News Highlights: Letter criticises EU migration policy ahead of EU Summit, Italy’s anti-rescue decree adopted, Eritrea targets Catholic health facilities

In this week’s news highlights: Letter – EU migration policy contributes to human rights abuses; Italy adopts anti-rescue decree; Refugee accused of being trafficker faces 14 years in jail; Eritrean refugees from Switzerland on streets of Belgium; Sudan’s TMC seen as responsible for abuses – protests continue; Eritrea and Sudan agreement to reopen shared border; Eritrean Catholic health facilities shut down; Eritrean campaign urges transition; EU accused of fostering slave-like conditions through its project in Eritrea; UN Secretary-General calls enforcement of Libyan arms embargo; and Libyan Government of National Accord proposes steps towards peace.


European Union: Letter urges EU to change its external migration policy in accordance with EU values
More than twenty African, European and international organizations have signed a letter condemning the EU’s external migration policies. The letter is directed at the European Council President Donald Tusk and appeals for “an EU external policy framework based on European values”. The letter states that policies and platforms such as the EU-Horn of Africa Migration Route Initiative (Khartoum Process) have led to strengthening of unaccountable militias and regimes, whereas they have neglected civil society participation. The letter further states that an increasing amount of legal challenges to the EU and EU member states migration policies “demonstrate a widespread and deep concern that the EU has itself become complicit with the alleged crimes committed by third parties.” The letter was sent ahead of an EU Summit on 20 and 21 June, which is set to include migration as a key topic.

Italy: Italian government introduces new rules that could fine rescuers up to 50.000 Euro
The Italian government has adopted a decree proposed by Italian interior minister Salvini, which punishes NGOs that are engaged in rescue operations on the Mediterranean Sea. The decree has been described as by humanitarian aid groups as  a “declaration of war against the NGOs who are saving lives at sea”. “The new decree is threatening legal principles and the duty of saving lives,” says Claudia Lodesani, president of the NGO Médecins Sans Frontières (MSF) in Italy, saying“it is like fining ambulances for carrying patients to the hospital.” The decree has already caused trouble for the Sea Watch 3, preventing 40 rescued people from disembarking.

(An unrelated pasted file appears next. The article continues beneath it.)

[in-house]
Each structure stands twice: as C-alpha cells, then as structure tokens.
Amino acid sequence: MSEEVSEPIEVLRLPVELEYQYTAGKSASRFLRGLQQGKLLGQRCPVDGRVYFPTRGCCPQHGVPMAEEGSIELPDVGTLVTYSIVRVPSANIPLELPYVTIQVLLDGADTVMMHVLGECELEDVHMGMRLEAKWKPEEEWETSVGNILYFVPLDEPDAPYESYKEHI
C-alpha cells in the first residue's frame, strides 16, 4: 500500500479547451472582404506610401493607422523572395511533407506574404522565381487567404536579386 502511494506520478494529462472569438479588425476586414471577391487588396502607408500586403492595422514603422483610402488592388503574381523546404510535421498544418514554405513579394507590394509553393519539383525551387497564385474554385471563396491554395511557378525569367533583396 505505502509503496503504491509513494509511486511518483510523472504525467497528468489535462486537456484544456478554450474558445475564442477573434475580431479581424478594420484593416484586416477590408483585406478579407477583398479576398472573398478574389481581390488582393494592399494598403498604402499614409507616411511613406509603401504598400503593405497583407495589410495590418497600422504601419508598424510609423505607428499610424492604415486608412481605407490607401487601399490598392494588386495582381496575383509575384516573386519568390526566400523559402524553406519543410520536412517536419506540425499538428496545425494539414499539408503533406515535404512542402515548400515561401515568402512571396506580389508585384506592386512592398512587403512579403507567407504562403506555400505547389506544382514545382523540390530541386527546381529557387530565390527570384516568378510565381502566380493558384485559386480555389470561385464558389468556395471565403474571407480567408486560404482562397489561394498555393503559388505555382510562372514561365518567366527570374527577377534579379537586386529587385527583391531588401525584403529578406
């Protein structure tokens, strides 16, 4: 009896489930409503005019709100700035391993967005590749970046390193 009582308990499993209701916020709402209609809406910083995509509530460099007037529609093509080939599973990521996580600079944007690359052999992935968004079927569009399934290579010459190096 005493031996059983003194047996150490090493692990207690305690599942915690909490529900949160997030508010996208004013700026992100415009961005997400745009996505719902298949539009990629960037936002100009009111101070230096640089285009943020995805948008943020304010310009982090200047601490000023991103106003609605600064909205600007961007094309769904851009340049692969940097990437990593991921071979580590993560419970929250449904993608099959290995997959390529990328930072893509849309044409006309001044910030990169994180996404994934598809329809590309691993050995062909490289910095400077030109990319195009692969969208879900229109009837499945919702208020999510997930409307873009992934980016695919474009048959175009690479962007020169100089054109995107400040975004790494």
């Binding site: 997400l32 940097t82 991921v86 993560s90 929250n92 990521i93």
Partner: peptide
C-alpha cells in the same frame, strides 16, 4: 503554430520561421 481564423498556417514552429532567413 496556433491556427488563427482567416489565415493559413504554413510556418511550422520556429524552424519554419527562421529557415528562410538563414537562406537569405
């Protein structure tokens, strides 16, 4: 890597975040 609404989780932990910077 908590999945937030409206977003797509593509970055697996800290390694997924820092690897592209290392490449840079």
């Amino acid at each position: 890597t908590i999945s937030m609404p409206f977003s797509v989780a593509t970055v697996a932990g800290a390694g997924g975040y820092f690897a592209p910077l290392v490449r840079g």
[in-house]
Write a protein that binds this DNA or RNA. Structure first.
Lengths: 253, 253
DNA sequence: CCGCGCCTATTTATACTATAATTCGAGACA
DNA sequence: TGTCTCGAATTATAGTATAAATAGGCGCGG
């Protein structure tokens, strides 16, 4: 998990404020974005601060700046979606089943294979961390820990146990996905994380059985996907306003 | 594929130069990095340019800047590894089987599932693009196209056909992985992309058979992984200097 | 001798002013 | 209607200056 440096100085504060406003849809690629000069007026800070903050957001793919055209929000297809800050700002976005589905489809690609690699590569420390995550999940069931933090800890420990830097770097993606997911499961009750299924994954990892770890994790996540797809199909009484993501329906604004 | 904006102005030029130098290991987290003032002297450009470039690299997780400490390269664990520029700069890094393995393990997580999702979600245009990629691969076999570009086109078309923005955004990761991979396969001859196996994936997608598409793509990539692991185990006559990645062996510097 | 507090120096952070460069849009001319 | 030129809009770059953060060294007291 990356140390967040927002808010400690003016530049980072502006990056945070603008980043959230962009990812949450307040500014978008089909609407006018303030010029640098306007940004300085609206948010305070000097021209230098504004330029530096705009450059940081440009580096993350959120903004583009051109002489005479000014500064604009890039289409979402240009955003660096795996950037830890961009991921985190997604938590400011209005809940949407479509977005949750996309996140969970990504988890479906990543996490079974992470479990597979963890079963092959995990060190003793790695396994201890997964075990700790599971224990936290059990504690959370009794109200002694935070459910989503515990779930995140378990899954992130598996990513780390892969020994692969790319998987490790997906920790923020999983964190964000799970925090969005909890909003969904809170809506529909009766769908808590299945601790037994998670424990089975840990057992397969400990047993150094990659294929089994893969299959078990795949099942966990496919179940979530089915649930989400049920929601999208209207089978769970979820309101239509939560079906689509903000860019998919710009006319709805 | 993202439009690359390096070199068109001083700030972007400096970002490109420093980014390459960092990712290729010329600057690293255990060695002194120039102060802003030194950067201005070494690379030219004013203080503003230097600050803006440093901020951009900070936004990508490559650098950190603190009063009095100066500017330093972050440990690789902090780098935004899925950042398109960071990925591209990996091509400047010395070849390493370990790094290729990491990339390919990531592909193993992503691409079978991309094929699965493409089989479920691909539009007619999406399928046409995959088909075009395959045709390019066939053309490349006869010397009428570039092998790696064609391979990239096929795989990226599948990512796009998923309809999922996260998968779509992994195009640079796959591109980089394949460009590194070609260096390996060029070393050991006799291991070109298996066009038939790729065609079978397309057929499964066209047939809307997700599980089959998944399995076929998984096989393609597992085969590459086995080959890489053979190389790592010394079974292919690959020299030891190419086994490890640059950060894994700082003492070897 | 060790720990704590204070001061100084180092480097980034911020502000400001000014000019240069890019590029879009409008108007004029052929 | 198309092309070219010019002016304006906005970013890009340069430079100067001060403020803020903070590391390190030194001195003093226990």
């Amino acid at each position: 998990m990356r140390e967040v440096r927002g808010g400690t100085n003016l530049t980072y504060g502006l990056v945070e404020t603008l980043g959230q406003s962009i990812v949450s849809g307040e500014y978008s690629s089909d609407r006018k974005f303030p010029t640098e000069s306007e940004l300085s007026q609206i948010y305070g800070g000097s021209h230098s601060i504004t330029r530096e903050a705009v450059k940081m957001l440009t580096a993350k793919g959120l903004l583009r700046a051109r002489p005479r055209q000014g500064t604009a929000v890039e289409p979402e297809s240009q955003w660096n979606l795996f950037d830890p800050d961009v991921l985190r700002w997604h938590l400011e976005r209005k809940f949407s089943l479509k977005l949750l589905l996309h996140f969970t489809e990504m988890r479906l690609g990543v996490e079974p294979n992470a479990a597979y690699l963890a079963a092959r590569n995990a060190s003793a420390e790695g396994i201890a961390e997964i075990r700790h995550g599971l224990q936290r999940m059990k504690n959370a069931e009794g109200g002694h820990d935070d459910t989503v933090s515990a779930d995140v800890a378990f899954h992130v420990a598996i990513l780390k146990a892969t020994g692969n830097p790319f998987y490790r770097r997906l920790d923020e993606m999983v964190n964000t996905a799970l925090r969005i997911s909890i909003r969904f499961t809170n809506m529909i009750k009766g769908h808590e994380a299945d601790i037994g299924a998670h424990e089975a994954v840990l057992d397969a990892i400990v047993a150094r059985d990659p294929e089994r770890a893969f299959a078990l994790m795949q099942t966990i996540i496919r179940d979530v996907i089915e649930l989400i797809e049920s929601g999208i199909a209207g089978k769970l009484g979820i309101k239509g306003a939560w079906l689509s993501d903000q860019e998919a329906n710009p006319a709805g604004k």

Italy: Refugee accused of being human trafficker faces 14 years in prison
Italian prosecutors have demanded 14 years in prison and a 50,000 fine for the man they accuse of being notorious human trafficker, Medhanie Yehdego Mered. Italian prosecutors presented a 699-page folder accused to the court. The defendant has stated that his real name is Medhanie Tesfamariam Behre. Radio France Internationale wrote an article on the history of the case, noting that not only is there a lack of witnesses against the man accused, but also there is scientific evidence in the form of a DNA test and witnesses, including family members of the trafficker, testifying that the man accused is not Medhanie Yehdego Mered. The accused indicates that he is a refugee from Eritrea, living in Sudan’s capital Khartoum, when he was snatched from a cafe in an international police swoop.

Switzerland/Belgium: Eritrean asylum seekers fleeing Switzerland end up on the streets in Belgium
Swiss authorities have rejected several hundred asylum claims of Eritrean asylum seekers who are now obliged to return back to Eritrea. The sentence of the Swiss Federal Administrative Court from July 2018 on one side recognizes that Eritreans are forced into the national service, where they are forced to work under poor conditions, but on the other side, the court stated: “this reason alone is not sufficient to prevent deportation from a legal point of view.” The Swiss court has been convinced that the treatment during the military service, “it is not established that it is so widespread that anyone performing it would be exposed to the serious risk of suffering such attacks.” Instead, refugees end up on the streets in Belgium, trying to escape towards the United Kingdom in hopes of avoiding return to Eritrea.

Great Horn of Africa

Sudan: TMC blamed for protest crackdown and sexual violence
The Sudanese Transitional Military Council (TMC) is being held responsible for the protest crackdown in Khartoum, committed among others by the Rapid Support Forces (RSF). The European Foreign Affairs Council put the blame for the violence against protestors with the TMC, stating: “it is clear that the responsibility lies with the Transitional Military Council (TMC) as the authority in charge of protecting the population.” According to a video of Ayin network, the RSF troops, also known as the Janjaweed, beat and attacked the Sudanese population in Khartoum’s suburbs on 3 and 4 June, leaving many injured and untreated civilians. Moreover, BBC News states that Sudanese security forces also raped people “as they dispersed pro-democracy protesters camped outside the military’s headquarters”. Despite the internet shutdown, Sudanese opposition indicates that it is not silenced.